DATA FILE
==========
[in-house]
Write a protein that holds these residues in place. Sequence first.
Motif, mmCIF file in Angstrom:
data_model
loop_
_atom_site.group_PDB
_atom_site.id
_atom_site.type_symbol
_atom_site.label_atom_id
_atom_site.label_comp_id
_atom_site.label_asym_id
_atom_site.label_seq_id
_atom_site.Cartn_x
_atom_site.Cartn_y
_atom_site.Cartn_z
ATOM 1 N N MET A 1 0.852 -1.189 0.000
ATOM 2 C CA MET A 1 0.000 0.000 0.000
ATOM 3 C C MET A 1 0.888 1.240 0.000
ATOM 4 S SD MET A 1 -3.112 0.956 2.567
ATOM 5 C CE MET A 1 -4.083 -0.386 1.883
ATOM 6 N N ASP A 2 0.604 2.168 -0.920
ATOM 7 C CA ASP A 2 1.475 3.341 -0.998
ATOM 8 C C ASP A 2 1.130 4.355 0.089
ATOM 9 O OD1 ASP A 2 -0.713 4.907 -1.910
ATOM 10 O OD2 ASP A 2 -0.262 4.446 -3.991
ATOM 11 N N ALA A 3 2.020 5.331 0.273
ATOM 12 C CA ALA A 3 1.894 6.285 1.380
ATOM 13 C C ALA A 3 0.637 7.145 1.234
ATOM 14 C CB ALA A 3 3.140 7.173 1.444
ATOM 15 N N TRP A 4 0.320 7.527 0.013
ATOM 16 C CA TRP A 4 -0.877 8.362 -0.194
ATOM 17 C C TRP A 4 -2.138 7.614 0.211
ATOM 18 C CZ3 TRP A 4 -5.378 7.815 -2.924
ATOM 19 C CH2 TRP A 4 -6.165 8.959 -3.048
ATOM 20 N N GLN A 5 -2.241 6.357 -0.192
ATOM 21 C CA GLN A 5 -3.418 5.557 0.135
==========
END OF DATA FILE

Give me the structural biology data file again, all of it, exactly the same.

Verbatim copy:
[in-house]
Write a protein that holds these residues in place. Sequence first.
Motif, mmCIF file in Angstrom:
data_model
loop_
_atom_site.group_PDB
_atom_site.id
_atom_site.type_symbol
_atom_site.label_atom_id
_atom_site.label_comp_id
_atom_site.label_asym_id
_atom_site.label_seq_id
_atom_site.Cartn_x
_atom_site.Cartn_y
_atom_site.Cartn_z
ATOM 1 N N MET A 1 0.852 -1.189 0.000
ATOM 2 C CA MET A 1 0.000 0.000 0.000
ATOM 3 C C MET A 1 0.888 1.240 0.000
ATOM 4 S SD MET A 1 -3.112 0.956 2.567
ATOM 5 C CE MET A 1 -4.083 -0.386 1.883
ATOM 6 N N ASP A 2 0.604 2.168 -0.920
ATOM 7 C CA ASP A 2 1.475 3.341 -0.998
ATOM 8 C C ASP A 2 1.130 4.355 0.089
ATOM 9 O OD1 ASP A 2 -0.713 4.907 -1.910
ATOM 10 O OD2 ASP A 2 -0.262 4.446 -3.991
ATOM 11 N N ALA A 3 2.020 5.331 0.273
ATOM 12 C CA ALA A 3 1.894 6.285 1.380
ATOM 13 C C ALA A 3 0.637 7.145 1.234
ATOM 14 C CB ALA A 3 3.140 7.173 1.444
ATOM 15 N N TRP A 4 0.320 7.527 0.013
ATOM 16 C CA TRP A 4 -0.877 8.362 -0.194
ATOM 17 C C TRP A 4 -2.138 7.614 0.211
ATOM 18 C CZ3 TRP A 4 -5.378 7.815 -2.924
ATOM 19 C CH2 TRP A 4 -6.165 8.959 -3.048
ATOM 20 N N GLN A 5 -2.241 6.357 -0.192
ATOM 21 C CA GLN A 5 -3.418 5.557 0.135